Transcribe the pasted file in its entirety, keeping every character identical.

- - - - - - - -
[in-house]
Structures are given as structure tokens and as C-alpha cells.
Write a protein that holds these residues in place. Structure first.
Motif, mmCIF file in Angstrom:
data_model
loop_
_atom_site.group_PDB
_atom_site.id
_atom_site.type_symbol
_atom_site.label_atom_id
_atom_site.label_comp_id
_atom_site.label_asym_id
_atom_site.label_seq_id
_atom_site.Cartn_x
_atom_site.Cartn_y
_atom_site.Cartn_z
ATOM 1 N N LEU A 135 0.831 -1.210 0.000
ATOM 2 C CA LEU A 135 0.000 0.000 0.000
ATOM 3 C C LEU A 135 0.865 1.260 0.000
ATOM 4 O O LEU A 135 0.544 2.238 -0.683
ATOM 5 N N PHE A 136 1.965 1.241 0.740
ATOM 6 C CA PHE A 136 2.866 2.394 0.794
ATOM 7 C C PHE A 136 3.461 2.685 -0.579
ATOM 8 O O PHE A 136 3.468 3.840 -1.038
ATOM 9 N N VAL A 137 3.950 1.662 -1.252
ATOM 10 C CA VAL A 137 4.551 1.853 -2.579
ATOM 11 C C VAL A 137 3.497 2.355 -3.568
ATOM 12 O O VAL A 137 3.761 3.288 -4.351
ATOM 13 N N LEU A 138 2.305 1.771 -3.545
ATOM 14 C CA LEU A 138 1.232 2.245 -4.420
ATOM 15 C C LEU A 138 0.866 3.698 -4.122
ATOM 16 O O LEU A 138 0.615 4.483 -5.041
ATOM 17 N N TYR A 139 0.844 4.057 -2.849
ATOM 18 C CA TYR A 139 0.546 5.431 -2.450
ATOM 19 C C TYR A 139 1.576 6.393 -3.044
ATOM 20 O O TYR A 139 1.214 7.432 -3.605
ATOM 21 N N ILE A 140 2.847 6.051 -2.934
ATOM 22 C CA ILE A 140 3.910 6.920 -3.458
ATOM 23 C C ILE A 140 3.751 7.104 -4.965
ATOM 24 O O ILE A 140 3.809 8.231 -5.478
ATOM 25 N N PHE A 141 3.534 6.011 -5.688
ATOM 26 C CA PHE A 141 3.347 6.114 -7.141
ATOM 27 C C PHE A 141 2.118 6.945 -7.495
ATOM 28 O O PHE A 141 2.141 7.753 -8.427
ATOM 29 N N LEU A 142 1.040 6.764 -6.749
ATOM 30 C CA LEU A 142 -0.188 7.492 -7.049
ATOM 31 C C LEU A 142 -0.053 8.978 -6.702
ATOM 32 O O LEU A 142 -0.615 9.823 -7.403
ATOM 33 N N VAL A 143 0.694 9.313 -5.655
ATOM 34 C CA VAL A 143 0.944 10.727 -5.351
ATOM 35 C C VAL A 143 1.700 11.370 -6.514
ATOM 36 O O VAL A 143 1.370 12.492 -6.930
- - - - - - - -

[in-house]
Structures are given as structure tokens and as C-alpha cells.
Write a protein that holds these residues in place. Structure first.
Motif, mmCIF file in Angstrom:
data_model
loop_
_atom_site.group_PDB
_atom_site.id
_atom_site.type_symbol
_atom_site.label_atom_id
_atom_site.label_comp_id
_atom_site.label_asym_id
_atom_site.label_seq_id
_atom_site.Cartn_x
_atom_site.Cartn_y
_atom_site.Cartn_z
ATOM 1 N N LEU A 135 0.831 -1.210 0.000
ATOM 2 C CA LEU A 135 0.000 0.000 0.000
ATOM 3 C C LEU A 135 0.865 1.260 0.000
ATOM 4 O O LEU A 135 0.544 2.238 -0.683
ATOM 5 N N PHE A 136 1.965 1.241 0.740
ATOM 6 C CA PHE A 136 2.866 2.394 0.794
ATOM 7 C C PHE A 136 3.461 2.685 -0.579
ATOM 8 O O PHE A 136 3.468 3.840 -1.038
ATOM 9 N N VAL A 137 3.950 1.662 -1.252
ATOM 10 C CA VAL A 137 4.551 1.853 -2.579
ATOM 11 C C VAL A 137 3.497 2.355 -3.568
ATOM 12 O O VAL A 137 3.761 3.288 -4.351
ATOM 13 N N LEU A 138 2.305 1.771 -3.545
ATOM 14 C CA LEU A 138 1.232 2.245 -4.420
ATOM 15 C C LEU A 138 0.866 3.698 -4.122
ATOM 16 O O LEU A 138 0.615 4.483 -5.041
ATOM 17 N N TYR A 139 0.844 4.057 -2.849
ATOM 18 C CA TYR A 139 0.546 5.431 -2.450
ATOM 19 C C TYR A 139 1.576 6.393 -3.044
ATOM 20 O O TYR A 139 1.214 7.432 -3.605
ATOM 21 N N ILE A 140 2.847 6.051 -2.934
ATOM 22 C CA ILE A 140 3.910 6.920 -3.458
ATOM 23 C C ILE A 140 3.751 7.104 -4.965
ATOM 24 O O ILE A 140 3.809 8.231 -5.478
ATOM 25 N N PHE A 141 3.534 6.011 -5.688
ATOM 26 C CA PHE A 141 3.347 6.114 -7.141
ATOM 27 C C PHE A 141 2.118 6.945 -7.495
ATOM 28 O O PHE A 141 2.141 7.753 -8.427
ATOM 29 N N LEU A 142 1.040 6.764 -6.749
ATOM 30 C CA LEU A 142 -0.188 7.492 -7.049
ATOM 31 C C LEU A 142 -0.053 8.978 -6.702
ATOM 32 O O LEU A 142 -0.615 9.823 -7.403
ATOM 33 N N VAL A 143 0.694 9.313 -5.655
ATOM 34 C CA VAL A 143 0.944 10.727 -5.351
ATOM 35 C C VAL A 143 1.700 11.370 -6.514
ATOM 36 O O VAL A 143 1.370 12.492 -6.930